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MRD response in patients with newly diagnosed AML treated with venetoclax and azacitidine in the VIALE-A trial

Jul 9, 2021
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The phase III VIALE-A trial (NCT02993523) is a randomized, double-blind study investigating the use of venetoclax + azacitidine (Ven+Aza) for the treatment of patients with newly diagnosed acute myeloid leukemia (AML). This study has previously been reported on the AML Hub and demonstrated that patients treated with Ven+Aza had higher rates of composite complete remission (CRc; complete remission [CR] + CR with incomplete hematologic recovery) and measurable residual disease response (MRD <10−3) compared with those treated with azacitidine alone (23.4% vs 7.6%; p < 0.001).

As there is limited evidence of the clinical significance of MRD monitoring in patients receiving low-intensity chemotherapy, Keith Pratz and colleagues investigated the prognostic impact of MRD <10−3 on the outcome of patients from the VIALE-A study who were treated with Ven+Aza. The results of this study were presented during the European Hematology Association (EHA)2021 Virtual Congress and are summarized below.

Study design and patient characteristics1

  • Enrolled patients were ≥18 years of age and unfit for intensive chemotherapy.
  • Dosage: Venetoclax 400 mg orally on Days 1–28; azacitidine 75 mg/m2 on Days 1–7/28-day cycle.
  • MRD was assessed from bone marrow aspirates taken at baseline, end of Cycle 1, and every 3 cycles thereafter, by multiparametric flow cytometry using the integrated leukemia-associated immunophenotypes and different than normal method.
  • Outcomes evaluated: Duration of remission (DoR) for CRc, overall survival (OS), and event-free survival (EFS).
  • Of the 286 patients treated with Ven+Aza, 164 patients had a CRc and had samples evaluable for MRD analysis.
    • Of these patients, 67 (41%) achieved MRD <10−3, while 97 (59%) had an MRD ≥10−3.
  • Baseline characteristics of the patients included in this analysis can be seen in Table 1.
    • MRD responses were seen in all subsets of patients.
    • Of note, MRD response was seen in 33% of patients with poor risk cytogenetics, 30% of patients with TP53 mutations, and 88% of patients with NMP1 mutations.

Table 1. Baseline patient characteristics*

Characteristic, n

CRc + MRD <10−3
(n = 67)

CRc + MRD ≥10−3
(n = 97)

Age group, years

 

 

              18 to <65

2

1

              65 to <75

27

26

              ≥75

38

70

Gender, male/female

34/33

64/36

ECOG performance score

 

 

              0–1

38

63

              2–3

29

34

Cytogenetic risk

 

 

              Intermediate

51

65

              Poor

16

32

Type of AML

 

 

              De novo AML

49

71

              Secondary AML

18

26

Molecular mutations

 

 

              FLT3 ITD/TKD

10

10

              IDH1/2

21

22

              TP53

6

14

              NPM1

15

2

*Data from Pratz et al.1
AML, acute myeloid leukemia; CRc, composite complete response; ECOG, Eastern Cooperative Oncology Group; ITD, internal tandem duplication; MRD, minimal residual disease; TKD, tyrosine kinase domain.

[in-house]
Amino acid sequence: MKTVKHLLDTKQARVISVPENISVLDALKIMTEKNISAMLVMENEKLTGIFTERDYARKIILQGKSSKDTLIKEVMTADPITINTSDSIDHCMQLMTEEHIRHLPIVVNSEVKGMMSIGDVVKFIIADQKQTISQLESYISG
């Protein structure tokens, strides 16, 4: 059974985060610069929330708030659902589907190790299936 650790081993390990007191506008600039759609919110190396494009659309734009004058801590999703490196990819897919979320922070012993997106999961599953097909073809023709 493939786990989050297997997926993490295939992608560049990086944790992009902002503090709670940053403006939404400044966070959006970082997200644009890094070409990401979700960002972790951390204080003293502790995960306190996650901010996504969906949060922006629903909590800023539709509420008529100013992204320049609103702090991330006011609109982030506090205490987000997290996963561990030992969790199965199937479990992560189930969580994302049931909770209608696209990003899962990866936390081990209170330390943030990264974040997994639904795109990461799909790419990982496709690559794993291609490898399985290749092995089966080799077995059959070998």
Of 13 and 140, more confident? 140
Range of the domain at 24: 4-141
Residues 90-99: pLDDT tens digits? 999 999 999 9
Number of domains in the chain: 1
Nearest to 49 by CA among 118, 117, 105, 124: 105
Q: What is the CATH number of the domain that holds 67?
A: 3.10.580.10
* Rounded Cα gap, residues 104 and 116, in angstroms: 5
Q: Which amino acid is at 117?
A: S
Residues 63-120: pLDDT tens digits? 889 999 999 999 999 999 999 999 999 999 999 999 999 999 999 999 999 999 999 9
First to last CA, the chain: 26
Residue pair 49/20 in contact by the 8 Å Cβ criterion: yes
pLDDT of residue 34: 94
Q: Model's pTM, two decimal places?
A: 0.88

Results1

  • Median follow-up was 22.1 months for patients who achieved MRD <10−3 and 20.8 months for those with CRc + MRD ≥10−3.
  • Patients with an MRD response were treated for a median of 16 cycles, while those with MRD ≥10−3 had a median of 9 cycles.
  • Median DoR, EFS, and OS were not reached in patients with an MRD response (Table 2).
    • 18-month estimates for DoR, EFS, and OS were better for those who achieved an MRD response compared with those who did not.

Table 2. Responses*

Response

18-month estimate, % (95% CI)

Median response, months (95% CI)

CRc + MRD <10−3

CRc + MRD 10−3

CRc + MRD <10−3

CRc + MRD ≥10−3

DoR

69.6 (55.9–79.8)

33.5 (22.9–44.5)

NR (19.3–NR)

9.7 (8.0–15.8)

EFS

73.7 (61.1–82.8)

33.9 (24.4–43.6)

NR (19.7–NR)

10.6 (9.0–13.9)

OS

84.6 (73.3–91.4)

50.1 (39.6–59.8)

NR (24.4–NR)

18.7 (12.9–NR)

*Data from Pratz et al.1

CI, confidence interval; CRc, composite complete response; DoR, duration of response; EFS, event free survival; MRD, minimal residual disease; NR, not reached; OS, overall survival.

  • Multivariate Cox regression analysis of OS revealed two covariates associated with OS; MRD response (hazard ratio, 0.285; 95% confidence interval, 0.159–0.510; p < 0.001) and cytogenetic risk (hazard ratio, 2.062; 95% confidence interval, 1.260–3.374; p = 0.004)
  • The timing of MRD response generally occurred later than achievement of clinical response.
    • 25% of patients achieved an MRD response by the end of Cycle 1.
    • 21% of patients achieved an MRD response by the end of Cycle 7.
  • Patients who achieved MRD response had a higher rate of ≥Grade 3 febrile neutropenia, neutropenia, and thrombocytopenia compared with those who did not achieve an MRD response (Figure 1).
    • Serious adverse events were similar across both groups.

Figure 1. Adverse events* 

*Adapted from Pratz et al.1
AE, adverse event; CRc, composite complete response; MRD, minimal residual disease.

 

Conclusion

Patients with newly diagnosed AML treated with Ven+Aza who achieved CRc and an MRD response <10−3 had a longer DoR, EFS, and OS compared with those who did not achieve an MRD response (≥10−3). Higher rates of neutropenia were observed in patients that achieved an MRD response compared with those who did not. MRD response was also a significant predictor of OS, however, further studies are required to investigate the role of MRD response in clinical management.

  1. Pratz KW, Jonas BA, Pullarkat V, et al. Measurable residual disease response in acute myeloid leukemia treated with venetoclax and azacitidine. Oral abstract #S137. European Hematology Association (EHA)2021 Virtual Congress; Jun 11, 2021; Virtual.

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